There's no protection in law for cats that are on someone else's property. If cat owners don't want their cats to be shot then they should keep them indoors. This myth that if they are wearing a collar then you are committing an act of criminal damage is nonsense. There is no legal obligation to report any vehicle strikes involving cats. If they were viewed as a persons property, in law, then a reporting system, as is in place for dogs, cattle, horses, etc, would be in place. I think you'll find that the act of allowing your cat to roam, unchecked, is wilful abandonment and your rights are diminished due to your duty of care being discharged.
You should listen to Matt.
Just because someone else's property is on your property doesn't mean that it ceases to be their property. You are under an obligation to return it in good condition be it a football or an pet animal such as a cat.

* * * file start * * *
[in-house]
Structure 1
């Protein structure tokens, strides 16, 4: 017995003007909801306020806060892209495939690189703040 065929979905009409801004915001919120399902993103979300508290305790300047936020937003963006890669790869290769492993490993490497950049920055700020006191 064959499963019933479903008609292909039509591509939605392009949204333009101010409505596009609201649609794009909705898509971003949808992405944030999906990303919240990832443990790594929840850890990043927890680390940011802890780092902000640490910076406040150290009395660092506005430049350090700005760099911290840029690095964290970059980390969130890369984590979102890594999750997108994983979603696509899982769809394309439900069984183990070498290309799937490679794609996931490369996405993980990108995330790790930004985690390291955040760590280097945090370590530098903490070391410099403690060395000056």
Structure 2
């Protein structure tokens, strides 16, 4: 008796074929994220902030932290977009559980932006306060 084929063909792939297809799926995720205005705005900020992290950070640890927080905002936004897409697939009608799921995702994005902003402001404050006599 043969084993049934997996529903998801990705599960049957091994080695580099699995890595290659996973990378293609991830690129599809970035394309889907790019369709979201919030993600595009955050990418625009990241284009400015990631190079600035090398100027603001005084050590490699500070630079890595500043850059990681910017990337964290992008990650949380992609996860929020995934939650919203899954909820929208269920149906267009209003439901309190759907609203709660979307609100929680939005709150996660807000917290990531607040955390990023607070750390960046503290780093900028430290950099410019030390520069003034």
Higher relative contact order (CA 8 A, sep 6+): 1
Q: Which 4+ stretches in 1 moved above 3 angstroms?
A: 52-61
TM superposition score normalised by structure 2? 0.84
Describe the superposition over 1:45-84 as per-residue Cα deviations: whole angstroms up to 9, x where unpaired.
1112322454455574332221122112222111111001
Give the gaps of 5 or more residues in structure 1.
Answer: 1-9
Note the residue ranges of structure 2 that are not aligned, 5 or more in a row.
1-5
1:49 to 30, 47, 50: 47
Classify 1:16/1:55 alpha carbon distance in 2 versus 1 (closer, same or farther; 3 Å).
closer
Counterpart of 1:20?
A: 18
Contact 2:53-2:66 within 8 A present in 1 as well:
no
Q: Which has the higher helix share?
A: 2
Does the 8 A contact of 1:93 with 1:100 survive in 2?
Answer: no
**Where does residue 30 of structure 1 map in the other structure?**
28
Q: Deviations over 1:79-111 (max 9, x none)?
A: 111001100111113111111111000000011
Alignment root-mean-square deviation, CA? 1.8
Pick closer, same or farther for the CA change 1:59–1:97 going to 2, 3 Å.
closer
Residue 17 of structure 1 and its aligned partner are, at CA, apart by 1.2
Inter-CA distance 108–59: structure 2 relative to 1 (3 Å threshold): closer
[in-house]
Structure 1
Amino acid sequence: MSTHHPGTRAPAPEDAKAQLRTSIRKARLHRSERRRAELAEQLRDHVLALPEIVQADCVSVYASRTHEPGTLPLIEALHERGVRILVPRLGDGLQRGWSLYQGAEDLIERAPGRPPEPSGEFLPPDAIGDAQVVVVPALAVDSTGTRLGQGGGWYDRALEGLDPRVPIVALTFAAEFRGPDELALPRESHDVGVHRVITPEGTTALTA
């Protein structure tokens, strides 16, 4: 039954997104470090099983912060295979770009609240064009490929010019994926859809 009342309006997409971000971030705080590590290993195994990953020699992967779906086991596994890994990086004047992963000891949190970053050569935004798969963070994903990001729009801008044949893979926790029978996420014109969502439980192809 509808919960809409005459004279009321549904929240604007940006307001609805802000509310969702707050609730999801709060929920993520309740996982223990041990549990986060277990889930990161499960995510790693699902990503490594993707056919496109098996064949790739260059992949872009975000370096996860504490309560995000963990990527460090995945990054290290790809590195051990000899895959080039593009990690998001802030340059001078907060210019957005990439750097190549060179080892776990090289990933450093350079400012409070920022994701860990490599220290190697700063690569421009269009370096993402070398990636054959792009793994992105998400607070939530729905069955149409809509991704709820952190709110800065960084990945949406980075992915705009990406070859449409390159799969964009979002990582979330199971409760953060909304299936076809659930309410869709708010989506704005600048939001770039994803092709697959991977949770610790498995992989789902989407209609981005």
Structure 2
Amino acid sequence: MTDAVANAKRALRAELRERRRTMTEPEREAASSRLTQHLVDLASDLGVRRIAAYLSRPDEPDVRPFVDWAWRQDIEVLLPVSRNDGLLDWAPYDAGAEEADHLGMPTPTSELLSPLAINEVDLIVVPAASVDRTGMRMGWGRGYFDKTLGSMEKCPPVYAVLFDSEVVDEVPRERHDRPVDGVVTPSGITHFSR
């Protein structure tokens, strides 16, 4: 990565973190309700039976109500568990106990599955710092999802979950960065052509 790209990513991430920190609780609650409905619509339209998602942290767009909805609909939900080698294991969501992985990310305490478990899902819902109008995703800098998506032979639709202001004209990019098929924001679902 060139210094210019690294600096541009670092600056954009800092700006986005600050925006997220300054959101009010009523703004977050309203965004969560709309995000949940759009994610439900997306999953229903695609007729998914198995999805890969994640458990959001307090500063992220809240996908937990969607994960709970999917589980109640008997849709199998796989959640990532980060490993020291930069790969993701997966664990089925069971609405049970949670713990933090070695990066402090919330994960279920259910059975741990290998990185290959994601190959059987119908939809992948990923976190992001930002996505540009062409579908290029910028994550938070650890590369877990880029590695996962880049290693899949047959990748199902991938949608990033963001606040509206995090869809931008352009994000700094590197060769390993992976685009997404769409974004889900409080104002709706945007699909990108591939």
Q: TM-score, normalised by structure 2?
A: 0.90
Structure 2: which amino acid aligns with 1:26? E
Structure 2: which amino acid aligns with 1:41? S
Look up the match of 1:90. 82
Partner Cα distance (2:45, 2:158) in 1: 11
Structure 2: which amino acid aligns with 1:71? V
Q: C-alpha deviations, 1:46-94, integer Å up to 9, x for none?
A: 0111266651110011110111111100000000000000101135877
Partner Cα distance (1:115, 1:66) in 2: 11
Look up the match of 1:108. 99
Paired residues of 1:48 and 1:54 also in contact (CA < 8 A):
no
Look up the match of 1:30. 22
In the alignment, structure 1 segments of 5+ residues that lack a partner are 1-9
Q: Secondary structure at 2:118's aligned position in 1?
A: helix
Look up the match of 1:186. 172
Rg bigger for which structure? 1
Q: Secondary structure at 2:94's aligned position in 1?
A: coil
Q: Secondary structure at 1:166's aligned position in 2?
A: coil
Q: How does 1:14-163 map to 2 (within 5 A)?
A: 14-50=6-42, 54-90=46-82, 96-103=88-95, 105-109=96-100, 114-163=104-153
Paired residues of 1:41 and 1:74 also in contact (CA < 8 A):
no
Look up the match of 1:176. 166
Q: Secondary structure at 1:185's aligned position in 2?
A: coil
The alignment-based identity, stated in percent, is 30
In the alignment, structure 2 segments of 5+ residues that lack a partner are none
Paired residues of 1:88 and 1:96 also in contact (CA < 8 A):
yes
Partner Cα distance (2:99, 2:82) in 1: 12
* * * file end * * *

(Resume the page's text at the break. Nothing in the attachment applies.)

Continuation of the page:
If you fail to return it you commit a criminal act of theft (a dishonest appropriation of property belonging to another with the intention of permanently depriving the other of it) and the civil tort of conversion (where you treat someone else's property as your own - which opens up the way for you to be liable in damages. Conversion does not require theft).
If you damage it you commit criminal damage (A person who without lawful excuse destroys or damages any property belonging to another intending to destroy or damage any such property or being reckless as to whether any such property would be destroyed or damaged shall be guilty of an offence). The only lawful excuse here for shooting domestic animals that I'm aware of is dogs with a shotgun to prevent livestock damage and only then as a last resort.
Demanding a payment for the return of someone else's property constitutes blackmail.
I'm guessing your basing your opinion on cats on the positions of deer. But deer are different as they are treated as wild animals and thus no-ones property.
Edited by Alsone, 15 July 2013 - 09:52 am.